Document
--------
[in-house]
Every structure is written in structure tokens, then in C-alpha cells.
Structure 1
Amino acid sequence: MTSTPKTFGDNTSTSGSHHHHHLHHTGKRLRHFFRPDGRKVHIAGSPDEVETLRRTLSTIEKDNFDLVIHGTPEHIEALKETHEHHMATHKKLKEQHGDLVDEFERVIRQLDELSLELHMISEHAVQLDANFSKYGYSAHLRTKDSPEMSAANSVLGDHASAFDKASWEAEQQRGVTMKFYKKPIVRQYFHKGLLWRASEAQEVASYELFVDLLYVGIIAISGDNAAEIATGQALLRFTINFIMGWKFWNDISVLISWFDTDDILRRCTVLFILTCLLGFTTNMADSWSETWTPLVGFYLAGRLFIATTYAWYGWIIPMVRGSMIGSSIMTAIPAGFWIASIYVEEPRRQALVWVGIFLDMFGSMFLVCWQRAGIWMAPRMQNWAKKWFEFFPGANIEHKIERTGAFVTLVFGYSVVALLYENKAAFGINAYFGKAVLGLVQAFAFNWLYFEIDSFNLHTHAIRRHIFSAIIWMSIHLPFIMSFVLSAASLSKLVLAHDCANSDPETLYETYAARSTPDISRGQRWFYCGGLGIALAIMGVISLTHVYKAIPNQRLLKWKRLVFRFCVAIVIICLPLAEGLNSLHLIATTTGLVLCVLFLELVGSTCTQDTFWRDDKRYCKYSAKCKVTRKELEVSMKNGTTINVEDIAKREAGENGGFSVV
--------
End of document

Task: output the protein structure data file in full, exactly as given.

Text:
[in-house]
Every structure is written in structure tokens, then in C-alpha cells.
Structure 1
Amino acid sequence: MTSTPKTFGDNTSTSGSHHHHHLHHTGKRLRHFFRPDGRKVHIAGSPDEVETLRRTLSTIEKDNFDLVIHGTPEHIEALKETHEHHMATHKKLKEQHGDLVDEFERVIRQLDELSLELHMISEHAVQLDANFSKYGYSAHLRTKDSPEMSAANSVLGDHASAFDKASWEAEQQRGVTMKFYKKPIVRQYFHKGLLWRASEAQEVASYELFVDLLYVGIIAISGDNAAEIATGQALLRFTINFIMGWKFWNDISVLISWFDTDDILRRCTVLFILTCLLGFTTNMADSWSETWTPLVGFYLAGRLFIATTYAWYGWIIPMVRGSMIGSSIMTAIPAGFWIASIYVEEPRRQALVWVGIFLDMFGSMFLVCWQRAGIWMAPRMQNWAKKWFEFFPGANIEHKIERTGAFVTLVFGYSVVALLYENKAAFGINAYFGKAVLGLVQAFAFNWLYFEIDSFNLHTHAIRRHIFSAIIWMSIHLPFIMSFVLSAASLSKLVLAHDCANSDPETLYETYAARSTPDISRGQRWFYCGGLGIALAIMGVISLTHVYKAIPNQRLLKWKRLVFRFCVAIVIICLPLAEGLNSLHLIATTTGLVLCVLFLELVGSTCTQDTFWRDDKRYCKYSAKCKVTRKELEVSMKNGTTINVEDIAKREAGENGGFSVV